How the Bermuda Triangle Works

Compass Malfunctions
In this 2004 map of magnetic declination, the agonic line (in black) passes through the Midwest and the Gulf of Mexico.
In this 2004 map of magnetic declination, the agonic line (in black) passes through the Midwest and the Gulf of Mexico.

In almost every account of the mystery surrounding the Bermuda Triangle, you'll see reference to the fact that it is one of only two places on Earth (the other being the Devil's Sea off the coast of Japan) where a compass points to true north rather than magnetic north. Theorists say that this causes compasses to malfunction and ships and planes to get off-course.

A compass works because its magnetic needle is attracted by the magnetism of the Earth, which draws it to point to the constantly shifting Magnetic North Pole. The Geographic North Pole, on the other hand, is static and is located about 1200 miles north of the Magnetic Pole. The variation between the two readings is known as magnetic declination (or compass variation), which can change by as much as 20 degrees as you move across the globe.

The agonic line is an imaginary line where true north and magnetic north are in perfect alignment - there is no magnetic declination. At points west of the agonic line, a magnetic needle will point east of true north (positive declination). At points east of the agonic line, a magnetic needle will point west of true north (negative declination). Extended lines that mark the constant magnetic declination away from the agonic line are called isogonic lines.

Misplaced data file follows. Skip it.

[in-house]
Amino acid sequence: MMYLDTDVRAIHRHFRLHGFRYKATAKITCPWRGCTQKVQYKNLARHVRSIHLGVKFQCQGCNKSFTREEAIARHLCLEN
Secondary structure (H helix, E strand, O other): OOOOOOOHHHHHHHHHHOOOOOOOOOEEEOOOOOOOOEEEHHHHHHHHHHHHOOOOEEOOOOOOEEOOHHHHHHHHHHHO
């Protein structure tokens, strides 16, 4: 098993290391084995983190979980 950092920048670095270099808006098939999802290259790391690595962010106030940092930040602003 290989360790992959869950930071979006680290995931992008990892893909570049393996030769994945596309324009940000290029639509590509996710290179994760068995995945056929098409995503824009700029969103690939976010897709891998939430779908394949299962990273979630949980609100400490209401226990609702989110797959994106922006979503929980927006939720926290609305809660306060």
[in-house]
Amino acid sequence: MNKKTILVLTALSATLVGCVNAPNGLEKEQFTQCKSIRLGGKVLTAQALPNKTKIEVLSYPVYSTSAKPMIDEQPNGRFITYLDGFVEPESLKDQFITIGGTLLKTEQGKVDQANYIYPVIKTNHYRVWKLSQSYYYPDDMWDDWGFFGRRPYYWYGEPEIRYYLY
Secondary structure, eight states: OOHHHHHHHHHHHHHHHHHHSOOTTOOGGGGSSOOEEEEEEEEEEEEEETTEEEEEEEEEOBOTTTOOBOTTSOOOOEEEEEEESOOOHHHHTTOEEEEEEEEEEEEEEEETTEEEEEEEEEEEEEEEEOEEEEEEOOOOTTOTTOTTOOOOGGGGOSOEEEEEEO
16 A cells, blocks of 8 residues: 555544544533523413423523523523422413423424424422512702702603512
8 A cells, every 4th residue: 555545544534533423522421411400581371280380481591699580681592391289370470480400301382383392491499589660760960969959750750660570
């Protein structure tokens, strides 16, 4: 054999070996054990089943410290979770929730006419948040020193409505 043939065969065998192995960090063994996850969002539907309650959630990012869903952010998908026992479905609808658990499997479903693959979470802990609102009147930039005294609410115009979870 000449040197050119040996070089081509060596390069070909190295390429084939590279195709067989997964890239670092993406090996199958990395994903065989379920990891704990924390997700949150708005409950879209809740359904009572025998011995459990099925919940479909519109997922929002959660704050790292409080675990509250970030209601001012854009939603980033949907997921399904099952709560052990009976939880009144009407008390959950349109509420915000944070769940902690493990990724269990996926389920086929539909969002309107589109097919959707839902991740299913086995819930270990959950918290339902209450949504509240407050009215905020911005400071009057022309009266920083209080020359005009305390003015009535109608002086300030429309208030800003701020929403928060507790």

In the early 18th century, Edmund Halley noticed that the agonic line was slowly moving westward. Since then, scientists have noted a westward drift of the agonic line with an average velocity of about 0.2 degrees per year. The drift is not equal in all places, however. It is stronger in the Atlantic Hemisphere than in the Pacific Hemisphere. Navigators must always compensate for magnetic declination when charting their courses.

While the agonic line once passed through the Bermuda Triangle, it now falls within the Gulf of Mexico, rendering claims that it can contribute to disappearances in the Triangle inaccurate. Calculation errors anywhere could cause a plane or ship to go off-course. This theory also assumes that experienced pilots and captains passing through the area were unaware of magnetic declination, which is unlikely.

One of many blue holes around the Bahamas

Blue Holes

Blue holes are water-filled caves and cavities with blue coloration. These caves may be simply a hole in the ground in the interior of islands (inland blue holes) or holes in shallow waters on the banks (marine or ocean blue holes). British scuba diver Rob Palmer directed a blue holes research center in the Bahamas for a number of years. In July 1997, he failed to surface after a dive in the Red Sea and was presumed dead. Some think that the blue holes may be related to (or even formed by) micro-wormholes believed to exist in the area and might even be transit points for UFOs arriving here from other dimensions.

Next, we'll look at a few plausible theories for disappearances within the Bermuda Triangle.

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